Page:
To stay competitive, forget 2050; it’s all about thinking 20:80

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Increased interest from large organisations about the sustainability of their supply chains is putting pressure on SMEs to prove their credentials. The Supply Chain Sustainability School’s new technical partner, Edge Environment, is keen to help Australian businesses stay competitive and maximise the value of sustainability.

competitiveBusinesses can no longer avoid thinking about the environmental and social impacts of their supply chains, according to the Supply Chain Sustainability School’s newest technical partner, Edge Environment.

“For most companies, approximately 80% of their environmental and social impacts are through their supply chain and a mere 20% come from their own operations,” says Tom Davies, Chairman and Co-founder of Edge Environment. “Organisations can no longer ignore the impacts generated along the lifecycle of their products and services, and suppliers of all shapes and sizes need to up their game accordingly if they want to attract and retain customers.”

So where are these changes coming from? Following the Paris Agreement on climate change, more than 200 of the world’s largest companies have already committed to develop science-based targets. This methodology requires participants to measure the climate impacts of their supply chains as part of the target-setting process. And more established tools such as ISO14001, which is used by more than 1.5 million companies worldwide, are now advocating lifecycle thinking. Terms such as ‘industrial ecology’ and ‘circular economy’ are becoming a regular feature of corporate reports and boardroom strategy discussions.

Supply chains are responding fast. Product sustainability certifications are growing exponentially worldwide. For example, there are now 6,000 Environmental Product Declarations in the ‘building products’ category alone.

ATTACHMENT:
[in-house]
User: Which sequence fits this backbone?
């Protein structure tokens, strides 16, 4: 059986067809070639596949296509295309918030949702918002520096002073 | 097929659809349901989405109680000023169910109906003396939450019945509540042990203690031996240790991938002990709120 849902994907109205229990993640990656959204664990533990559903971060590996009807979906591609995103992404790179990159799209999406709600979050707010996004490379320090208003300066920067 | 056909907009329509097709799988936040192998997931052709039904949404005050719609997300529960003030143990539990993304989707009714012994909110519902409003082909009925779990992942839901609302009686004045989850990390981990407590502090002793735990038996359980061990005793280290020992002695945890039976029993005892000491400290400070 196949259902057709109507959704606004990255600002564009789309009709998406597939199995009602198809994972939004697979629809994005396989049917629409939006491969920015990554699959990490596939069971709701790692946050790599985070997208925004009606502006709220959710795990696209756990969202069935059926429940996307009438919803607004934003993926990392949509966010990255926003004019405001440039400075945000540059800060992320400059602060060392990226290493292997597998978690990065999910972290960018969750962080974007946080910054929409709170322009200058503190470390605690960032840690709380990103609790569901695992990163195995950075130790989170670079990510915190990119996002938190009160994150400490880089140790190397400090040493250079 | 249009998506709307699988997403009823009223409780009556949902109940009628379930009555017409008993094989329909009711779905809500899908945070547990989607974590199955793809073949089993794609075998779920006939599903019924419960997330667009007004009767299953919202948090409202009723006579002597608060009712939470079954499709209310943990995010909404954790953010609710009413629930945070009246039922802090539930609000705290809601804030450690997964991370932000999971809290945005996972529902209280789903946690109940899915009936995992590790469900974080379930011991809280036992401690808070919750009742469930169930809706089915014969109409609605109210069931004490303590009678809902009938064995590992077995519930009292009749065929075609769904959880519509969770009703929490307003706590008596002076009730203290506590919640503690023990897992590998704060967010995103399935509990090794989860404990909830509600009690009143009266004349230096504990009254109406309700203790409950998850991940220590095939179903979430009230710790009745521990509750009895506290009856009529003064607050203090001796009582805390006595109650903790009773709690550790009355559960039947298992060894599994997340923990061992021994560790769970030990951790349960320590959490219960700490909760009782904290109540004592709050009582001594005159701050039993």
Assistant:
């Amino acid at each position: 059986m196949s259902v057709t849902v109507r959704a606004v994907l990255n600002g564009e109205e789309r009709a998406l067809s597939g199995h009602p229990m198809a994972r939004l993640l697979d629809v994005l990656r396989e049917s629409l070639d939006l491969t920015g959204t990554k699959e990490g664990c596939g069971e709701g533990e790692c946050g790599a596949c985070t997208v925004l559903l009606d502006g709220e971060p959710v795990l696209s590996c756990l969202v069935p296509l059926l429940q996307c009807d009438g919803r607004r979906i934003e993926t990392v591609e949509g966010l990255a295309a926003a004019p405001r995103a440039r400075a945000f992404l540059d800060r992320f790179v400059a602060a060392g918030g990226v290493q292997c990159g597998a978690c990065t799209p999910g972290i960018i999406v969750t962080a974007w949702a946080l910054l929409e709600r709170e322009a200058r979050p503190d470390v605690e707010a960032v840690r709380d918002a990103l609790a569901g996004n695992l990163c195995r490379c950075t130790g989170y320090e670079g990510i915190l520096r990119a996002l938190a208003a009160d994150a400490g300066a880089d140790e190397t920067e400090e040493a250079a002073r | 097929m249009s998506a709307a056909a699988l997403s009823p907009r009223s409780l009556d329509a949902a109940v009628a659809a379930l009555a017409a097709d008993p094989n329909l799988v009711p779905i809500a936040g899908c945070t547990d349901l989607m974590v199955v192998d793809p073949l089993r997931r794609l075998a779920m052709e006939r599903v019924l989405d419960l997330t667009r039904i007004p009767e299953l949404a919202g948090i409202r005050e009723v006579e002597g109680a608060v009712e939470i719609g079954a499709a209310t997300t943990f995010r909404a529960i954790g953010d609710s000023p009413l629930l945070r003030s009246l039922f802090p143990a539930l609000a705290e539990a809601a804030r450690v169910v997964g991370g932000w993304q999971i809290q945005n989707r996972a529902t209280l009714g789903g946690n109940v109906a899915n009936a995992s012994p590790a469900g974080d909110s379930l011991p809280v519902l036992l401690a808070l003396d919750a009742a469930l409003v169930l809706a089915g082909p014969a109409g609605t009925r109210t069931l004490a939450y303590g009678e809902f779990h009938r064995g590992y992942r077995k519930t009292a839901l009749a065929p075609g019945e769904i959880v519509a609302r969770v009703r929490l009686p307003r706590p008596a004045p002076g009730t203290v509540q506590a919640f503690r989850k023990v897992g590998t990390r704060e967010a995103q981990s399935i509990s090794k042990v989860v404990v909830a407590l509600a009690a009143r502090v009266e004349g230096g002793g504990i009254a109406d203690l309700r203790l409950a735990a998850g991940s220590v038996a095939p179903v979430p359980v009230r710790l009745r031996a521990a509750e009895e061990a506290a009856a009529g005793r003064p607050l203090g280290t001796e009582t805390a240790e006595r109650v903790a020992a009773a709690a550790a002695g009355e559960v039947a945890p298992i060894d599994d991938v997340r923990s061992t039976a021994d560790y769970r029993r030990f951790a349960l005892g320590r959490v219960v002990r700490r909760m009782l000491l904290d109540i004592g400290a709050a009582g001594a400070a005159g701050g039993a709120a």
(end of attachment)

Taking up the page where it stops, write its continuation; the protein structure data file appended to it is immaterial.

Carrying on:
“Many of Australia’s biggest property and construction companies are taking a very detailed look at their supply chains, and are changing their procurement practices in response to what they find. Many larger, established suppliers are responding well to the new paradigm, but there is a danger that some, especially SMEs, might get left behind. By working with the School we can help companies understand what is expected of them, and help them gain access to a market for sustainable goods and services worth trillions of dollars,” says Richard Griffiths, Head of Industry Engagement at Edge Environment.

“Edge has worked at both ends of the construction and infrastructure value chain – from multi-billion dollar property and infrastructure assets to start-up building product manufacturers. Importantly for us, they also bring with them supply chain insights from other sectors from fast food to telecommunications,” commented Robin Mellon, Chief Executive Officer of the Supply Chain Sustainability School. “This will put our members in touch with innovative, ‘outside the box’ thinking, helping them to stay competitive in a rapidly decarbonising and increasingly transparent global market.”

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